Hesperian Health Guides
Problems of the Breasts
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Breast lumps are very common in most women, especially soft, fluid-filled ones (called cysts). These usually change during a woman’s monthly cycle, and sometimes feel sore or painful when pressed. Few breast lumps are cancer. But since breast cancer is always a possibility, a woman should try to examine her breasts for lumps once a month (see ‘warning signs’ below).
Discharge from the nipple
Milky or clear discharge from one or both nipples is usually normal if a woman has breastfed a baby within the last year. Brown, green, or bloody discharge—especially from only one nipple—could be a sign of cancer. Get checked by a health worker who can examine your breasts.
Breast infectionIf a woman is breastfeeding a baby and gets a hot, red sore area on the breast, she probably has mastitis, or an abscess. This is not cancer and is easily cured. If the woman is not breastfeeding, it may be a sign of cancer.
More Informationbreast infections
Cancer of the breast
Breast cancer usually grows slowly. If it is found early, it can sometimes be cured. It is hard to tell who will get breast cancer. The risk might be greater for a woman whose mother or sisters have had breast cancer, or for a woman who has had cancer of the womb. Breast cancer is more common in women over age 50.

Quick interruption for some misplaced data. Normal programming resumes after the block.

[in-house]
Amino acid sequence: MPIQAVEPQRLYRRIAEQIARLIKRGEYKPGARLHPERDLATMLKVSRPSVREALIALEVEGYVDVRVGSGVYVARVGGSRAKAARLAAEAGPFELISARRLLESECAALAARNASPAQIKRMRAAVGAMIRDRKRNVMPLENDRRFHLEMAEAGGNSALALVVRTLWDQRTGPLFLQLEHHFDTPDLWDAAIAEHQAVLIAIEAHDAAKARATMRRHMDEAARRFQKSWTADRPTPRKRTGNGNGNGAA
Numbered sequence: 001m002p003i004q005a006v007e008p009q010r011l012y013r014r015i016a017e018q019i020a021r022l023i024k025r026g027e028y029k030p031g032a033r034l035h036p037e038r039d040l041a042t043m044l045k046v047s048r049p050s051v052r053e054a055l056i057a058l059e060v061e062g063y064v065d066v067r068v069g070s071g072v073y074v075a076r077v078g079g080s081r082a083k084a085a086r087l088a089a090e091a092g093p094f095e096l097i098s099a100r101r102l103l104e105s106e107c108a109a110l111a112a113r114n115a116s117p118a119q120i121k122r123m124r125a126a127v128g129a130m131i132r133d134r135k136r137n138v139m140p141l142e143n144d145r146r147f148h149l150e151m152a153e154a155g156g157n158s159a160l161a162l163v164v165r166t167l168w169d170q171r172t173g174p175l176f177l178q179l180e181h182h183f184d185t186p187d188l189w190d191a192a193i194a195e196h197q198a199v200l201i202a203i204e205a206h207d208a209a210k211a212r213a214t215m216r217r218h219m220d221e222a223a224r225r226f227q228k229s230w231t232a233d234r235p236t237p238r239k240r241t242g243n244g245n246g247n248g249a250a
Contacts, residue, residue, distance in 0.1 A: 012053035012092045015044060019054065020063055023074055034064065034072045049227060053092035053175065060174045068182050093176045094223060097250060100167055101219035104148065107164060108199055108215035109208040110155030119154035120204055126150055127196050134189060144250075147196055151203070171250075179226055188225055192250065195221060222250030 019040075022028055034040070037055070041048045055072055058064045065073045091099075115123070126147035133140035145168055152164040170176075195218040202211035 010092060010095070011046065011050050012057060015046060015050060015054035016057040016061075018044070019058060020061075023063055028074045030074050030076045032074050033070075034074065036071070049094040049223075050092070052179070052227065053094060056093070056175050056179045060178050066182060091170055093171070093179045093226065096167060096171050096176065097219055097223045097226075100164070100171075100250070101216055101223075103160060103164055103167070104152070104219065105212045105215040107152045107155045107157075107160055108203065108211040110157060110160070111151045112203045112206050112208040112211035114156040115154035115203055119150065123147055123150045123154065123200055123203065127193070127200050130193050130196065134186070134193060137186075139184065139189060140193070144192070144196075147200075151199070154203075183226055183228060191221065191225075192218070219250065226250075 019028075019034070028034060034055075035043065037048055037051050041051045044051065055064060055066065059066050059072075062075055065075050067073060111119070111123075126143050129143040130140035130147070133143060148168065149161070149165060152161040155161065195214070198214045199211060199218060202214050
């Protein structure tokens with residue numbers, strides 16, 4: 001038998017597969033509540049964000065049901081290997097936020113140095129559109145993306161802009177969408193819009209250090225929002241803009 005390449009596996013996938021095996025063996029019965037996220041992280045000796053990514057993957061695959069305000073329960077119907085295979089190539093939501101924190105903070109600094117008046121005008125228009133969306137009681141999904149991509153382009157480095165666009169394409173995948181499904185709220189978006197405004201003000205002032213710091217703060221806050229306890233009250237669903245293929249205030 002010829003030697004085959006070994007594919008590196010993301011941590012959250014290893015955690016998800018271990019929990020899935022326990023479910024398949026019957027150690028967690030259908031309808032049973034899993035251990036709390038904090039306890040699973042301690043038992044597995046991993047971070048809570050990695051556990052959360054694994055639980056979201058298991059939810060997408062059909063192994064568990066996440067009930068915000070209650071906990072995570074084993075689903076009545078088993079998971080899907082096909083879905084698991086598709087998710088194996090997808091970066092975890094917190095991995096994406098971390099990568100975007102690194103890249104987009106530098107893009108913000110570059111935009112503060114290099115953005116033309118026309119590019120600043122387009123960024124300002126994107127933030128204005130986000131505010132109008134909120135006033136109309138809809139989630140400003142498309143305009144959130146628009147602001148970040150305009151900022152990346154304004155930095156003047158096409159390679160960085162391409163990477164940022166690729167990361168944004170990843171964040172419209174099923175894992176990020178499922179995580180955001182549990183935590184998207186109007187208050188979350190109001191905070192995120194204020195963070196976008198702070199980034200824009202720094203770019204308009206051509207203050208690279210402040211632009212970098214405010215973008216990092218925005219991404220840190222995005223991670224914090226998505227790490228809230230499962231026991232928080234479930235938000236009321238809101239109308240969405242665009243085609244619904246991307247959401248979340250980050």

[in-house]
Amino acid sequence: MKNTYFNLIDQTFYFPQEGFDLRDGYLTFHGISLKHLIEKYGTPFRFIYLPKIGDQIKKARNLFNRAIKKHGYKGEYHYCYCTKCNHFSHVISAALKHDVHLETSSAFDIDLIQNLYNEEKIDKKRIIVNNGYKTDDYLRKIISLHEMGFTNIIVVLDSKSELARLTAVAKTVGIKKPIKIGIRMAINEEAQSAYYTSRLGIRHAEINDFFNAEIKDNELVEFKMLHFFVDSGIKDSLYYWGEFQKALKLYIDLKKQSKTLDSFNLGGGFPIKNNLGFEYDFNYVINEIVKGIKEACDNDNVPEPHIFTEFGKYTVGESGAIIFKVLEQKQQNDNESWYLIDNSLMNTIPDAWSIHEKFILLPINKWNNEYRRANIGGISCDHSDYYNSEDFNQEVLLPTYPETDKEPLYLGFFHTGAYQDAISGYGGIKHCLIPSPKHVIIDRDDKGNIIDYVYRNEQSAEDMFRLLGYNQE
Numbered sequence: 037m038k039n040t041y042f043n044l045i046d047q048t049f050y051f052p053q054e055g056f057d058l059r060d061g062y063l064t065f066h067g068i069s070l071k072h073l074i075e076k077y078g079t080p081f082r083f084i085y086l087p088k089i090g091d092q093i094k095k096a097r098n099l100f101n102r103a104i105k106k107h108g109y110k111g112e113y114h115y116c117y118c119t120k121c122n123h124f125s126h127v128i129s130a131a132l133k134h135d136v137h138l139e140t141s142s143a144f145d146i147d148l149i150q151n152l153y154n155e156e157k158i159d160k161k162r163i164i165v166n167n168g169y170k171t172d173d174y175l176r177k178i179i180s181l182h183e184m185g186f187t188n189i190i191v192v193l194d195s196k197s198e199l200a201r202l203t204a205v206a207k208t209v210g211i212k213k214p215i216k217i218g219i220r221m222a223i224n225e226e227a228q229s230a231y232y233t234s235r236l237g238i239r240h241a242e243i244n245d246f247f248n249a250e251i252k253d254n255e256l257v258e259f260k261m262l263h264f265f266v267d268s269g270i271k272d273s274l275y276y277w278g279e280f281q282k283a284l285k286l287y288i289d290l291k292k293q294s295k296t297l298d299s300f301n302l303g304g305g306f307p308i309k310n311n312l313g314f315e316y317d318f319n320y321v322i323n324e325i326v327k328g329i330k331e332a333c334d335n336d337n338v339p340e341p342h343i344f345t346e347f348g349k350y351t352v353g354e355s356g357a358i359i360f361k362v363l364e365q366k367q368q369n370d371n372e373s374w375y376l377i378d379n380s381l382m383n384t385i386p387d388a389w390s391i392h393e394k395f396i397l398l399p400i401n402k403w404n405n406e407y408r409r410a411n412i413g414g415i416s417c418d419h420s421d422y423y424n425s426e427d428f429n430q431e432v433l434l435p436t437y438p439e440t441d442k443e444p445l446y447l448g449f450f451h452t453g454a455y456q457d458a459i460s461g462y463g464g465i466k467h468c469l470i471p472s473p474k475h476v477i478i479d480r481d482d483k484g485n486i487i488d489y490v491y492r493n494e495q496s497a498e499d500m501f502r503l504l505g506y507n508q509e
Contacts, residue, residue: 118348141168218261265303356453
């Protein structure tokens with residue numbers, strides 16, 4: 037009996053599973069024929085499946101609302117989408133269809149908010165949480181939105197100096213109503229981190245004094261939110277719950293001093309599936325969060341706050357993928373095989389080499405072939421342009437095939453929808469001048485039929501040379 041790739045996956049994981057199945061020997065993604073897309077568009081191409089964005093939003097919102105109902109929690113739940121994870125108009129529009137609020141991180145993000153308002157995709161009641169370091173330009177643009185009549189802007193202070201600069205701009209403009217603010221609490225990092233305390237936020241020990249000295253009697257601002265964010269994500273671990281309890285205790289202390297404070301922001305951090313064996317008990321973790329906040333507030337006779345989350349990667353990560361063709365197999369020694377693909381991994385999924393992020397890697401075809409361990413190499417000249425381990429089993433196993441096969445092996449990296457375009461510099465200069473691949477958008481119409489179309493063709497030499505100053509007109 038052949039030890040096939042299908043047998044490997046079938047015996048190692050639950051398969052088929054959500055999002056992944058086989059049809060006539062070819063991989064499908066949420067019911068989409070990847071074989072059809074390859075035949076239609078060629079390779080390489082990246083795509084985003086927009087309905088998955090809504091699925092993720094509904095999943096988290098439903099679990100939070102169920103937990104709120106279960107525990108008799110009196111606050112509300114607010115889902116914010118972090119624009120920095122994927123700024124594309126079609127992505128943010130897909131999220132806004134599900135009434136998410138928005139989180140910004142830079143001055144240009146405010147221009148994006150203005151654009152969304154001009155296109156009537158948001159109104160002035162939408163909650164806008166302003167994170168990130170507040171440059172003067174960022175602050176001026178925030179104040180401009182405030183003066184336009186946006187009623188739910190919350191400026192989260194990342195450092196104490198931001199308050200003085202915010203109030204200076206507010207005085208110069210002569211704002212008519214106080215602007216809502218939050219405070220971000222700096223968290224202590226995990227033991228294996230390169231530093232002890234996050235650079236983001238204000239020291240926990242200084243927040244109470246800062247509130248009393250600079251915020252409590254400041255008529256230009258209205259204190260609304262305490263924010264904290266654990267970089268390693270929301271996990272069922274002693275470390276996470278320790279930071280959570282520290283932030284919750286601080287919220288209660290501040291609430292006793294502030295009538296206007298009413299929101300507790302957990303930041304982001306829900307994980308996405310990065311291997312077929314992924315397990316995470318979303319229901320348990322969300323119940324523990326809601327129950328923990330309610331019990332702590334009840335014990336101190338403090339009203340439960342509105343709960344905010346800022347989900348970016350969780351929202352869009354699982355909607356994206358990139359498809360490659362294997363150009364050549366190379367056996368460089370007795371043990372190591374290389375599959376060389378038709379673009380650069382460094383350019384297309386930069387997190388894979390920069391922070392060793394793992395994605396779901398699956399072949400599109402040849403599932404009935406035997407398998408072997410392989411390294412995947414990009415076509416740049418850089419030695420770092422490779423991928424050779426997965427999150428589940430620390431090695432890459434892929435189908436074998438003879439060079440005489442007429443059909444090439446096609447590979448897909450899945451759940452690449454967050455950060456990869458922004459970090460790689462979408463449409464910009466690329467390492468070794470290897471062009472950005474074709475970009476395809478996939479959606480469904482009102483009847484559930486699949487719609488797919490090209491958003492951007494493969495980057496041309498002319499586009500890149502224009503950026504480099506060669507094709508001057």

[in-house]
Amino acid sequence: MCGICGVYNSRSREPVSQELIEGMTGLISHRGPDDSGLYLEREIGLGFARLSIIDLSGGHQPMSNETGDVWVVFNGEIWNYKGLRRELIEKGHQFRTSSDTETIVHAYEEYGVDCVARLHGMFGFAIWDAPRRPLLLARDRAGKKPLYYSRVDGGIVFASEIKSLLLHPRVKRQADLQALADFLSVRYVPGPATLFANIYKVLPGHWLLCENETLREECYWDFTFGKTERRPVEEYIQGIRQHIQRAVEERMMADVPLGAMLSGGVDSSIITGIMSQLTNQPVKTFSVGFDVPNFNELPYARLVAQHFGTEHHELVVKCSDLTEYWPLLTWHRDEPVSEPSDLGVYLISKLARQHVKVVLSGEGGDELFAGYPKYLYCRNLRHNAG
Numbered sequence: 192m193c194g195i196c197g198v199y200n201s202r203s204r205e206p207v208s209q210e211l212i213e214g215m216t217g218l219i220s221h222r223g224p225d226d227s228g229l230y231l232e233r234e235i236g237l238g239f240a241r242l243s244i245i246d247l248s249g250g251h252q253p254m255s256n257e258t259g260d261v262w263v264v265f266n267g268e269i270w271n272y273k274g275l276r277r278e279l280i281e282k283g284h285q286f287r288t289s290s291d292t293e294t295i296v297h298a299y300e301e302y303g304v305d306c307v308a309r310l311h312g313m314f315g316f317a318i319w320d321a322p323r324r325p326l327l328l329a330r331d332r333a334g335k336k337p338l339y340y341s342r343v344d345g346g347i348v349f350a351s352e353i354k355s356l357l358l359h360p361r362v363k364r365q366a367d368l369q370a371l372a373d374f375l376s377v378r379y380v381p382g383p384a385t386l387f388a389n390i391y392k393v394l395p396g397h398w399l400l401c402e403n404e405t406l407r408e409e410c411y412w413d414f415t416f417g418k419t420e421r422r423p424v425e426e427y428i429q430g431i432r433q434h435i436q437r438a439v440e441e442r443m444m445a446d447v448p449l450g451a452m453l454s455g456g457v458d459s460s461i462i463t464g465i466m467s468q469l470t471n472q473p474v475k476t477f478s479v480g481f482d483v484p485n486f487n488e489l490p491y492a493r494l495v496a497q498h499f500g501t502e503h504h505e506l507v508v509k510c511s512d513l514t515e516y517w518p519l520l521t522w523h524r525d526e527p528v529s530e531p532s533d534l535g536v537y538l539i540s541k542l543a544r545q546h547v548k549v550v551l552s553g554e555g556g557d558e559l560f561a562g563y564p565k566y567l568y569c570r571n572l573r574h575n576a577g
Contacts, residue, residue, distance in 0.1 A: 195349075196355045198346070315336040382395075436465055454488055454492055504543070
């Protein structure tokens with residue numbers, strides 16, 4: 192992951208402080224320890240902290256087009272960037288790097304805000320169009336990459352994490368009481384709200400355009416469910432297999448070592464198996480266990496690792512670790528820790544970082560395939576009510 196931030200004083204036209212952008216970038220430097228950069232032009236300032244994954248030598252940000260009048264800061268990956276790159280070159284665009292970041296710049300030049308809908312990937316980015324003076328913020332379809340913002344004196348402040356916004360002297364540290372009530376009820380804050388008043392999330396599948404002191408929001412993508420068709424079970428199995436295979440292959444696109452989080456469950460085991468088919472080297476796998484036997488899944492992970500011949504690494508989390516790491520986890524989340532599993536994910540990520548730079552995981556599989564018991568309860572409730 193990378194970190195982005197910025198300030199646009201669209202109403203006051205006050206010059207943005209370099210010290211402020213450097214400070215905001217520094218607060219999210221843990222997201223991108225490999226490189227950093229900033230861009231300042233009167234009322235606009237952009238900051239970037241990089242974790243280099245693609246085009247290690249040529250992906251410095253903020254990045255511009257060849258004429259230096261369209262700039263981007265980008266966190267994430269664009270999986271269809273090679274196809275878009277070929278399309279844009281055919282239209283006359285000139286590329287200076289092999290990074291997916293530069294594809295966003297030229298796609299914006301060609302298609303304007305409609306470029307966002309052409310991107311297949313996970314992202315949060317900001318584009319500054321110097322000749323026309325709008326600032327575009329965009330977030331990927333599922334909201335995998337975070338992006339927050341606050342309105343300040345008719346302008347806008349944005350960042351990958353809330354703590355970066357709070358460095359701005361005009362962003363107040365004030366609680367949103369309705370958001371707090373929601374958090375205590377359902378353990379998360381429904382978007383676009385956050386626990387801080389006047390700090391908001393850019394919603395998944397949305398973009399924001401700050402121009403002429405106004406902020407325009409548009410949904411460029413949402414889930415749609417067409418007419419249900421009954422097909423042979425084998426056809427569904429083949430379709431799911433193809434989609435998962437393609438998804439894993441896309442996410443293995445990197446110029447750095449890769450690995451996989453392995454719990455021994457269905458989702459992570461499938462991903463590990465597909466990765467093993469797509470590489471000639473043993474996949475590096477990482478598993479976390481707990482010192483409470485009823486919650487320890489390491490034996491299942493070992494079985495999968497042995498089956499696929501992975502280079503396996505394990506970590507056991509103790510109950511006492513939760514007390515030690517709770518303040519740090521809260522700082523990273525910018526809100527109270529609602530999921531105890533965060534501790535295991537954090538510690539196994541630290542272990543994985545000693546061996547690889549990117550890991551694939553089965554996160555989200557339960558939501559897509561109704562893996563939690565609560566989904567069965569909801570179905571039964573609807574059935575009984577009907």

- a hard painless lump with a jagged shape, that is in only one breast and does not move under the skin
- redness, or a sore on the breast that does not heal
- skin on the breast that is pulled in, or looks rough and pitted, like orange or lemon peel
- a nipple that changes and becomes pulled inward
- abnormal discharge from a nipple
- a painless swelling under the arm that does not go away
- pain in the breast that does not go away after 4 to 6 weeks For any of these signs, see a trained health worker right away
If there is one or more of these signs, get help from a trained health worker right away.
Finding and treating breast cancer
If you examine your breasts regularly, you are likely to notice if there are any changes or if a new lump develops. A special X-ray called a mammogram can find a breast lump when it is very small and less dangerous. But mammograms are not available in many places, and they are very expensive. And it cannot tell for sure if a lump is cancer.
The only way to know for sure that a woman has breast cancer is with a biopsy. For this, a surgeon removes all or part of the lump with a needle or a knife and has it tested for cancer in a laboratory.
See a health worker right away if you have already had breast cancer and find another lump in the breast or notice other warning signs of cancer.
Treatment depends on how advanced the cancer is and what is available where you live. If a lump is small and found early, just removing the lump may be effective. But for some cases of breast cancer, an operation may be needed to remove the whole breast. Sometimes doctors also use medicines and radiation therapy.
No one knows yet how to prevent breast cancer. But we do know that finding and treating breast cancer early makes a cure more likely. For some women it never comes back. In other women, the cancer may come back years later. It may come back in the other breast or, less often, in other parts of the body.